Elizabella – After Alyssa Milano and David Bugliari chose the modern Milo for their firstborn, I expected something more restrained for a daughter. Instead, the couple went with Elizabella, a frilly confection created from an international classic. Elisabetta is the Italian, Isabella the Spanish, and Elizabeth the English – but of course, the name has seen many forms and spellings over the centuries. Eliza and Bella are the more popular pieces in use today, so no surprise that they’ve been smooshed together.
Dolly – Here’s a trend from the UK that could be big – the rise of Dolly. British parents are all about nickname names. Americans like them for their girls – think of Sadie and Hattie – but we’ve yet to embrace Alfie and Archie. All of this means that Dolly could have a chance at popularity throughout the English-speaking world. The numbers in England and Wales suggest that she’s one to watch.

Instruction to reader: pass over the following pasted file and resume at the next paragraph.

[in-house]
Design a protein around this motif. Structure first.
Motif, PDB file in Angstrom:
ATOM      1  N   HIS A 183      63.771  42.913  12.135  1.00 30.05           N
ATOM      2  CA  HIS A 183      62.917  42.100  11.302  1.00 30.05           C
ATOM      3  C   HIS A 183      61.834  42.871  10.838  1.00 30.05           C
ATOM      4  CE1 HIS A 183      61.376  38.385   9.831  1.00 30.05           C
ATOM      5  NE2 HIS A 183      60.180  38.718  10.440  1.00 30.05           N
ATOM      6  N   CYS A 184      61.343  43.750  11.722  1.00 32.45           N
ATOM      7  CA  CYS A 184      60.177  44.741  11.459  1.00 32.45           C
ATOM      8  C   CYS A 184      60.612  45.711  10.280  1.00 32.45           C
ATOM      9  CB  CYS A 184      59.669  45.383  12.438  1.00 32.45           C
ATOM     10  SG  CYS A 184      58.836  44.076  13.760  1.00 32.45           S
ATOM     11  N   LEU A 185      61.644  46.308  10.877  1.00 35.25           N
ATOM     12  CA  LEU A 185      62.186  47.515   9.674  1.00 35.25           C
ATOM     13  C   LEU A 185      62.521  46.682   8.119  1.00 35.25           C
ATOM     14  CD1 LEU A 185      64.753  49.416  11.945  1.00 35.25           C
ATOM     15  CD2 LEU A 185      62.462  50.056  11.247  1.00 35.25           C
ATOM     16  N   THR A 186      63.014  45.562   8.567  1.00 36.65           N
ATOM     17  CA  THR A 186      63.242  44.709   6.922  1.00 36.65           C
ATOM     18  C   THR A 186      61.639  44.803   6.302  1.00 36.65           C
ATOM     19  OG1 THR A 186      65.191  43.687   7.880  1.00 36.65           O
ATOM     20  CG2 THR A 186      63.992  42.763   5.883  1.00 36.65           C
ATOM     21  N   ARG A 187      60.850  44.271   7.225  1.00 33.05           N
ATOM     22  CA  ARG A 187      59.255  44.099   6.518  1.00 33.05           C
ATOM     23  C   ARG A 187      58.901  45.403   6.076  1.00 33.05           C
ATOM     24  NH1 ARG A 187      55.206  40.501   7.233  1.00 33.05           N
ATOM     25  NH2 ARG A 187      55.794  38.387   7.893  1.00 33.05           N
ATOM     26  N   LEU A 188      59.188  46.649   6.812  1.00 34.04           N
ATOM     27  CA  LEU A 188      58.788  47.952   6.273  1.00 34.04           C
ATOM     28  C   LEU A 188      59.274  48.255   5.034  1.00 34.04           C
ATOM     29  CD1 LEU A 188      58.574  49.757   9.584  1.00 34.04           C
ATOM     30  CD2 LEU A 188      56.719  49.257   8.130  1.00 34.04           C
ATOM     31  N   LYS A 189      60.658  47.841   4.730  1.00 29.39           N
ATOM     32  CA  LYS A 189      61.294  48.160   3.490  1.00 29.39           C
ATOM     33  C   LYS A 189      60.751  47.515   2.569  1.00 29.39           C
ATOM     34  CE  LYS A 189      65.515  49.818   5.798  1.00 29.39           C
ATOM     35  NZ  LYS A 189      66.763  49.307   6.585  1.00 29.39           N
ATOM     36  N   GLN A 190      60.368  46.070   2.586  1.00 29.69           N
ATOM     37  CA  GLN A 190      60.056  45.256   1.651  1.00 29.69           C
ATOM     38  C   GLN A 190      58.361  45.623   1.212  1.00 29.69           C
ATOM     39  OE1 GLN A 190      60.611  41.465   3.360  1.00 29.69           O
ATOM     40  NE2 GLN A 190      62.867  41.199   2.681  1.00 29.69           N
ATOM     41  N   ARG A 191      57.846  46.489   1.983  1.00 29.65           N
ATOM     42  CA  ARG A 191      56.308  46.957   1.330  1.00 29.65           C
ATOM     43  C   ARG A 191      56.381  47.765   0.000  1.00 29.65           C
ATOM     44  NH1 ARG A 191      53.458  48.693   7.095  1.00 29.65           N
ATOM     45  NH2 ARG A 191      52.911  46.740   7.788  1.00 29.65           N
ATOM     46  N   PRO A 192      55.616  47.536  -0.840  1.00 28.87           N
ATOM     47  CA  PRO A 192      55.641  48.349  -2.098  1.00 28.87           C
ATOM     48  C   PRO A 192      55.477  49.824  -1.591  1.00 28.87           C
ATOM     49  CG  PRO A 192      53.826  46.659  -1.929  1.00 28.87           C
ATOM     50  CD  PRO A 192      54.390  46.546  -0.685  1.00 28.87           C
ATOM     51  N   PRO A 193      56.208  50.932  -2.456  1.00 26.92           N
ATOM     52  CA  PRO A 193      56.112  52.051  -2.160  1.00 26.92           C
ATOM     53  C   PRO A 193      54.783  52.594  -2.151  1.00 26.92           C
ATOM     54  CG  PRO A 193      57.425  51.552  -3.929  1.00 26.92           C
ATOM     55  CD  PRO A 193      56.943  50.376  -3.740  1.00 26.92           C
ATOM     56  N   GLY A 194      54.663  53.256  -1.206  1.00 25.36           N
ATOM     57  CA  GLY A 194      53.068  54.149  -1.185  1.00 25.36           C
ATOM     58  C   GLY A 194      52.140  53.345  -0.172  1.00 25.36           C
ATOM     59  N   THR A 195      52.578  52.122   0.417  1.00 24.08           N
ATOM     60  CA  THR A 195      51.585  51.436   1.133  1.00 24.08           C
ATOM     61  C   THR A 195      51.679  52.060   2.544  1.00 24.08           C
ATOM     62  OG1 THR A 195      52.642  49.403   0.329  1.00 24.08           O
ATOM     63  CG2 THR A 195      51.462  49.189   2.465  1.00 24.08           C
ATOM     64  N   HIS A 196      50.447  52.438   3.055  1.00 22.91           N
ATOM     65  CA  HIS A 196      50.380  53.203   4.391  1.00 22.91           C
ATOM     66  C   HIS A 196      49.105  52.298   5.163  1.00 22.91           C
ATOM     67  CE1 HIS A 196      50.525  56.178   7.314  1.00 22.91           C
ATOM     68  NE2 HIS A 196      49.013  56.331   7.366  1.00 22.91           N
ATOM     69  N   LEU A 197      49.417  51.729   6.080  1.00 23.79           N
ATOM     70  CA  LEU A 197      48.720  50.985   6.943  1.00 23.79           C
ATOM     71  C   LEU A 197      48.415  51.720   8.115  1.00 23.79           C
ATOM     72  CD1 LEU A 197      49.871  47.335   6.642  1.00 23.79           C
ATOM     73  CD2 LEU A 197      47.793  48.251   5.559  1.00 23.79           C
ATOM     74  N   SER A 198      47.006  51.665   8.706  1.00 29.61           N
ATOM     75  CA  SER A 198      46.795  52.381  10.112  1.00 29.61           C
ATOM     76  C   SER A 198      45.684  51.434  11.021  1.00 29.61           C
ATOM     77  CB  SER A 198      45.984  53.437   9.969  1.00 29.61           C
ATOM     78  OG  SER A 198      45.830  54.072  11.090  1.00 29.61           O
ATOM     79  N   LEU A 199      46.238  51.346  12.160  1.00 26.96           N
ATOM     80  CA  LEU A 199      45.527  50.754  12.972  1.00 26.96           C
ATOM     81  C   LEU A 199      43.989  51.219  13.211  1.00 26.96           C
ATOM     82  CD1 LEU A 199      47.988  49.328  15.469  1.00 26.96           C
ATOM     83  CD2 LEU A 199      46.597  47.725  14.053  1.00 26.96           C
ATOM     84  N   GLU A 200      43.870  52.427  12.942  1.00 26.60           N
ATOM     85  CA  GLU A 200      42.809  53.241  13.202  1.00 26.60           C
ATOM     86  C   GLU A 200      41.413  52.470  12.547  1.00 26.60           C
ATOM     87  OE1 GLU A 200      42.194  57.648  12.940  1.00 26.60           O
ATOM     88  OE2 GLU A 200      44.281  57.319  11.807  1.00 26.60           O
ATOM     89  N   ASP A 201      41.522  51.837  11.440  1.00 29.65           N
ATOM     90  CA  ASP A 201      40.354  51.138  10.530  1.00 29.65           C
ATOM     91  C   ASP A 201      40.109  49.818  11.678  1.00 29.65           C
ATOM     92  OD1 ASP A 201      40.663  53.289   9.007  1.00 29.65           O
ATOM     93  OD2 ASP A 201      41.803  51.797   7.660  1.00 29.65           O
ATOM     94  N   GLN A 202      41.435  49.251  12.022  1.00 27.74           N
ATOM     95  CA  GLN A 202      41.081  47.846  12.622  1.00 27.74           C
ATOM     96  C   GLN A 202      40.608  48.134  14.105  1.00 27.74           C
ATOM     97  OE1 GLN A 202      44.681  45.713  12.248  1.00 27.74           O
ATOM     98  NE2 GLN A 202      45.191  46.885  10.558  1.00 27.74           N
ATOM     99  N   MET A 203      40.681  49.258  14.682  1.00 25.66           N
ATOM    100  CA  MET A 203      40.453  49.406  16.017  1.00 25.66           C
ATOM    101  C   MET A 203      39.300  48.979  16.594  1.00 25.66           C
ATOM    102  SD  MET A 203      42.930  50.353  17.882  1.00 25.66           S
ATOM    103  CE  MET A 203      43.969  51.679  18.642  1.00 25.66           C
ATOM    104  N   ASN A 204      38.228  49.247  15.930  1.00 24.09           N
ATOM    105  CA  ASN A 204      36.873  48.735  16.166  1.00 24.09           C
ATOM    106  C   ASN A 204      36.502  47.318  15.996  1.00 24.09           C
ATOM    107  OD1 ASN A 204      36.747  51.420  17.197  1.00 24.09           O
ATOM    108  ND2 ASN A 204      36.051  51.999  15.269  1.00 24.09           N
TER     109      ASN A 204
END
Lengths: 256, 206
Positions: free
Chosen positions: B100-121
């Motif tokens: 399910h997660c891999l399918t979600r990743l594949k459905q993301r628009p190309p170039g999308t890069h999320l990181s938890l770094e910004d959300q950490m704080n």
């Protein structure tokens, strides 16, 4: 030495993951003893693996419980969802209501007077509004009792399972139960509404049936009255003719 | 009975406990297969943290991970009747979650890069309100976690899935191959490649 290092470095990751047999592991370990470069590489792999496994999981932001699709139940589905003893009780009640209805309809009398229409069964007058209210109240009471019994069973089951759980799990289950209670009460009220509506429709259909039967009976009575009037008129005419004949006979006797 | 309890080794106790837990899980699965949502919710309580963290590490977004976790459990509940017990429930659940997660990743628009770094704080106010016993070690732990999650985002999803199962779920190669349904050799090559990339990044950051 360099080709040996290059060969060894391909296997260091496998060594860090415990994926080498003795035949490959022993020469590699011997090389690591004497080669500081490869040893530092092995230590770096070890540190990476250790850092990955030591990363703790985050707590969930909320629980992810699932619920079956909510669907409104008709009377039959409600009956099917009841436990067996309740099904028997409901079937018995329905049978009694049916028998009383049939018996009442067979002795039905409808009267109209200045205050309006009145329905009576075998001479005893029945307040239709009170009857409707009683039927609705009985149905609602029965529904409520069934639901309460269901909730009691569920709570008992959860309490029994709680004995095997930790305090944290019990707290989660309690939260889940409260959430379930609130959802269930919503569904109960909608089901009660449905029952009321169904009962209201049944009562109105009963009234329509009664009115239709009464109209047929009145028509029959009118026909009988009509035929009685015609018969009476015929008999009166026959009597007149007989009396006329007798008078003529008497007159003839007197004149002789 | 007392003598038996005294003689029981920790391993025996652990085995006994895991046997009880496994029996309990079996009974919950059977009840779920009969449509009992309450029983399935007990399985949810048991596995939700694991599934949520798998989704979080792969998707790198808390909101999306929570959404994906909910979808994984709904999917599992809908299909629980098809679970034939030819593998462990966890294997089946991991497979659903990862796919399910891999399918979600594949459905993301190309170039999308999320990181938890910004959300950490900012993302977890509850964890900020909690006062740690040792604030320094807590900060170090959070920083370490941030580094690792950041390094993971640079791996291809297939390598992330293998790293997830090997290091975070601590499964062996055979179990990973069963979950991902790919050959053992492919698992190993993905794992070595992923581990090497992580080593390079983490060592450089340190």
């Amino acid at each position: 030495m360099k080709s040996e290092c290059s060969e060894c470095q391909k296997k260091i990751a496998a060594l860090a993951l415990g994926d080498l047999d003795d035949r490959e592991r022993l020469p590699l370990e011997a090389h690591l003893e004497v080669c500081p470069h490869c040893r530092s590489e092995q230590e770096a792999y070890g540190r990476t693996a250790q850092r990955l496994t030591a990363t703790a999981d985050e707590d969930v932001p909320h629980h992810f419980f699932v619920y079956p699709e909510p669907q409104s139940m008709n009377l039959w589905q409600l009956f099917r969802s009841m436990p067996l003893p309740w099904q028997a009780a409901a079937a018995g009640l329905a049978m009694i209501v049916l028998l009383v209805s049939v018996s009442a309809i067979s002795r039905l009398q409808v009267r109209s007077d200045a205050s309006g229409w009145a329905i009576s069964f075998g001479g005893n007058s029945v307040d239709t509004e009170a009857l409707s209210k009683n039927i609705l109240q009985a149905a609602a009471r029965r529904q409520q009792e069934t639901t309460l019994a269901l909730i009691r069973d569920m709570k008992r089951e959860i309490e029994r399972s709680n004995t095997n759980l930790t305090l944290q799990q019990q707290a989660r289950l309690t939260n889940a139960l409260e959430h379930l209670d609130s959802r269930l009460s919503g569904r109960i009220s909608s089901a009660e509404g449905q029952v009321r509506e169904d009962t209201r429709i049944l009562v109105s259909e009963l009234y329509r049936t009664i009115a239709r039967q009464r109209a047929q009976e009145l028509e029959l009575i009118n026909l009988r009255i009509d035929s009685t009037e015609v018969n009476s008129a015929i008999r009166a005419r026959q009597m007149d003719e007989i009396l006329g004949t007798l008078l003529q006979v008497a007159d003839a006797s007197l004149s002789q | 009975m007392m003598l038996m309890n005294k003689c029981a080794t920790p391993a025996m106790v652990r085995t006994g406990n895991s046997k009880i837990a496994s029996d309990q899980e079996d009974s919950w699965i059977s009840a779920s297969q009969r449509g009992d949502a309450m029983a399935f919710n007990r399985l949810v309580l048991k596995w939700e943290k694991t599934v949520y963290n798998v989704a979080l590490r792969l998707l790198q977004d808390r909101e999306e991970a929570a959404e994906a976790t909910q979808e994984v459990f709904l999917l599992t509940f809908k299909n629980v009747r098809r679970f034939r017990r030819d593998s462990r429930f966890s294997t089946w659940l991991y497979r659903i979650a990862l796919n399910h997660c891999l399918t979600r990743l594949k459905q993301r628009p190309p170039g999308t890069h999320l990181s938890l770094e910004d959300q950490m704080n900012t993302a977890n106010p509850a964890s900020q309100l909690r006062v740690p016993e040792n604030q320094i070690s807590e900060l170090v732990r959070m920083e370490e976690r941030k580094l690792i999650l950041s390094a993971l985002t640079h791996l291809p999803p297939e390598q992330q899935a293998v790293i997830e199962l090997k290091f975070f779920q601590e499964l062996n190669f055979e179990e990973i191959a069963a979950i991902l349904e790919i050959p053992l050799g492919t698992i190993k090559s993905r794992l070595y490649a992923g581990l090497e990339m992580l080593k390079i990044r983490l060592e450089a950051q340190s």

Dorothy – Think Dolly is too cutesy for a given name? Dolly is traditionally short for Dorothy, a name already on the upswing in the US. The name re-entered the US Top 1000 in 2011, and climbed to #808 by 2013. Now it is the middle chosen by Scarlett Johansson and Romain Dauriac for their new baby girl. With all of her over-the-rainbow Dorothy Gale innocence, this name still retains a certain strength.
Dahlia – Elea points out that Dahlia is an undercover member of the Dolly club. A botanical name with a vintage feel, she’s part-Sophia, part-Lily. Along with Delia, this name seems to be coming up more and more often.